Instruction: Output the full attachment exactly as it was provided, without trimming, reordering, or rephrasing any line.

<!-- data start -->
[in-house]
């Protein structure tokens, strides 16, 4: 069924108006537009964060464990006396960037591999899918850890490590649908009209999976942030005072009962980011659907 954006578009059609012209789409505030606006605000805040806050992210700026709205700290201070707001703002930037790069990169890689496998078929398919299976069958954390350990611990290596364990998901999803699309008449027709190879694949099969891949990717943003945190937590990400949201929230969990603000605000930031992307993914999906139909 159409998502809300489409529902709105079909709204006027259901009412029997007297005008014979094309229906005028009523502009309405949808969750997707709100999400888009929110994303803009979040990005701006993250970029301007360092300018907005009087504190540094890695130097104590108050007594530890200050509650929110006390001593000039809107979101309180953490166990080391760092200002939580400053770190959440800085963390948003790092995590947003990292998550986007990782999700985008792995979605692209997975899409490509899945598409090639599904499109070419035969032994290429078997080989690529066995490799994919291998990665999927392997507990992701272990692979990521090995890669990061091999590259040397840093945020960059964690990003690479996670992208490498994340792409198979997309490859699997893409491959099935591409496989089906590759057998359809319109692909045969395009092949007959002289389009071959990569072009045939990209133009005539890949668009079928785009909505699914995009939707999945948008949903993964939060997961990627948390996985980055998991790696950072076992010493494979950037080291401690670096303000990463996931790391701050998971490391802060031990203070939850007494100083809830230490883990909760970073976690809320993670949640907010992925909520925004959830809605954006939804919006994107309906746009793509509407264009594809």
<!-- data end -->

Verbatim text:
[in-house]
């Protein structure tokens, strides 16, 4: 069924108006537009964060464990006396960037591999899918850890490590649908009209999976942030005072009962980011659907 954006578009059609012209789409505030606006605000805040806050992210700026709205700290201070707001703002930037790069990169890689496998078929398919299976069958954390350990611990290596364990998901999803699309008449027709190879694949099969891949990717943003945190937590990400949201929230969990603000605000930031992307993914999906139909 159409998502809300489409529902709105079909709204006027259901009412029997007297005008014979094309229906005028009523502009309405949808969750997707709100999400888009929110994303803009979040990005701006993250970029301007360092300018907005009087504190540094890695130097104590108050007594530890200050509650929110006390001593000039809107979101309180953490166990080391760092200002939580400053770190959440800085963390948003790092995590947003990292998550986007990782999700985008792995979605692209997975899409490509899945598409090639599904499109070419035969032994290429078997080989690529066995490799994919291998990665999927392997507990992701272990692979990521090995890669990061091999590259040397840093945020960059964690990003690479996670992208490498994340792409198979997309490859699997893409491959099935591409496989089906590759057998359809319109692909045969395009092949007959002289389009071959990569072009045939990209133009005539890949668009079928785009909505699914995009939707999945948008949903993964939060997961990627948390996985980055998991790696950072076992010493494979950037080291401690670096303000990463996931790391701050998971490391802060031990203070939850007494100083809830230490883990909760970073976690809320993670949640907010992925909520925004959830809605954006939804919006994107309906746009793509509407264009594809």